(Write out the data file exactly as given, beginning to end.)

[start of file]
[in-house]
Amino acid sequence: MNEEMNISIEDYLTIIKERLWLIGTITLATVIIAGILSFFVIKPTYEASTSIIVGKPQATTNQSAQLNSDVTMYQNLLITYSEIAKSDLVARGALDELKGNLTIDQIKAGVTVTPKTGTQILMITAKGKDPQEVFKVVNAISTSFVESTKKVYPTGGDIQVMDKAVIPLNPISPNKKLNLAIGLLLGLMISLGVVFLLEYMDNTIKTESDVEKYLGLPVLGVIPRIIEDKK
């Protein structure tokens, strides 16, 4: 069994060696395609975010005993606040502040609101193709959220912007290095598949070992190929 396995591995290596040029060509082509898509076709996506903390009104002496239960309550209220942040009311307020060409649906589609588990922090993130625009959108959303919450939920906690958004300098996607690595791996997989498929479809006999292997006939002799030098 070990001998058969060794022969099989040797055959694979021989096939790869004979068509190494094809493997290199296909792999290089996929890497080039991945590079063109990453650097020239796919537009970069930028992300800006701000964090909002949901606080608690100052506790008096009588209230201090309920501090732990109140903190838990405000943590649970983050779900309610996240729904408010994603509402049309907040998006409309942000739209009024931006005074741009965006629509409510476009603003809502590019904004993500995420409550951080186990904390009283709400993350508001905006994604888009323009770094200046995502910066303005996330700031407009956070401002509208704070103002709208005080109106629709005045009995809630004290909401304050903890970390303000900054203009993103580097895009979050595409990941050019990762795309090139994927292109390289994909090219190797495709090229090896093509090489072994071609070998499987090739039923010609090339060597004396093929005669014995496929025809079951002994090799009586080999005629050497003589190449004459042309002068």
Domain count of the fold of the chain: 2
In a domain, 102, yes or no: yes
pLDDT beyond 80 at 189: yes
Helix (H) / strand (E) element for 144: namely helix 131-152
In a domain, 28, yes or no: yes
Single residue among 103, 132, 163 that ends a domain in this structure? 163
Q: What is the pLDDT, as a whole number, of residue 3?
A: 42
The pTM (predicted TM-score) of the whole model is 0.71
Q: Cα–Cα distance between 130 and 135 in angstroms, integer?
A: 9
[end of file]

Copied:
[in-house]
Amino acid sequence: MNEEMNISIEDYLTIIKERLWLIGTITLATVIIAGILSFFVIKPTYEASTSIIVGKPQATTNQSAQLNSDVTMYQNLLITYSEIAKSDLVARGALDELKGNLTIDQIKAGVTVTPKTGTQILMITAKGKDPQEVFKVVNAISTSFVESTKKVYPTGGDIQVMDKAVIPLNPISPNKKLNLAIGLLLGLMISLGVVFLLEYMDNTIKTESDVEKYLGLPVLGVIPRIIEDKK
């Protein structure tokens, strides 16, 4: 069994060696395609975010005993606040502040609101193709959220912007290095598949070992190929 396995591995290596040029060509082509898509076709996506903390009104002496239960309550209220942040009311307020060409649906589609588990922090993130625009959108959303919450939920906690958004300098996607690595791996997989498929479809006999292997006939002799030098 070990001998058969060794022969099989040797055959694979021989096939790869004979068509190494094809493997290199296909792999290089996929890497080039991945590079063109990453650097020239796919537009970069930028992300800006701000964090909002949901606080608690100052506790008096009588209230201090309920501090732990109140903190838990405000943590649970983050779900309610996240729904408010994603509402049309907040998006409309942000739209009024931006005074741009965006629509409510476009603003809502590019904004993500995420409550951080186990904390009283709400993350508001905006994604888009323009770094200046995502910066303005996330700031407009956070401002509208704070103002709208005080109106629709005045009995809630004290909401304050903890970390303000900054203009993103580097895009979050595409990941050019990762795309090139994927292109390289994909090219190797495709090229090896093509090489072994071609070998499987090739039923010609090339060597004396093929005669014995496929025809079951002994090799009586080999005629050497003589190449004459042309002068």
Domain count of the fold of the chain: 2
In a domain, 102, yes or no: yes
pLDDT beyond 80 at 189: yes
Helix (H) / strand (E) element for 144: namely helix 131-152
In a domain, 28, yes or no: yes
Single residue among 103, 132, 163 that ends a domain in this structure? 163
Q: What is the pLDDT, as a whole number, of residue 3?
A: 42
The pTM (predicted TM-score) of the whole model is 0.71
Q: Cα–Cα distance between 130 and 135 in angstroms, integer?
A: 9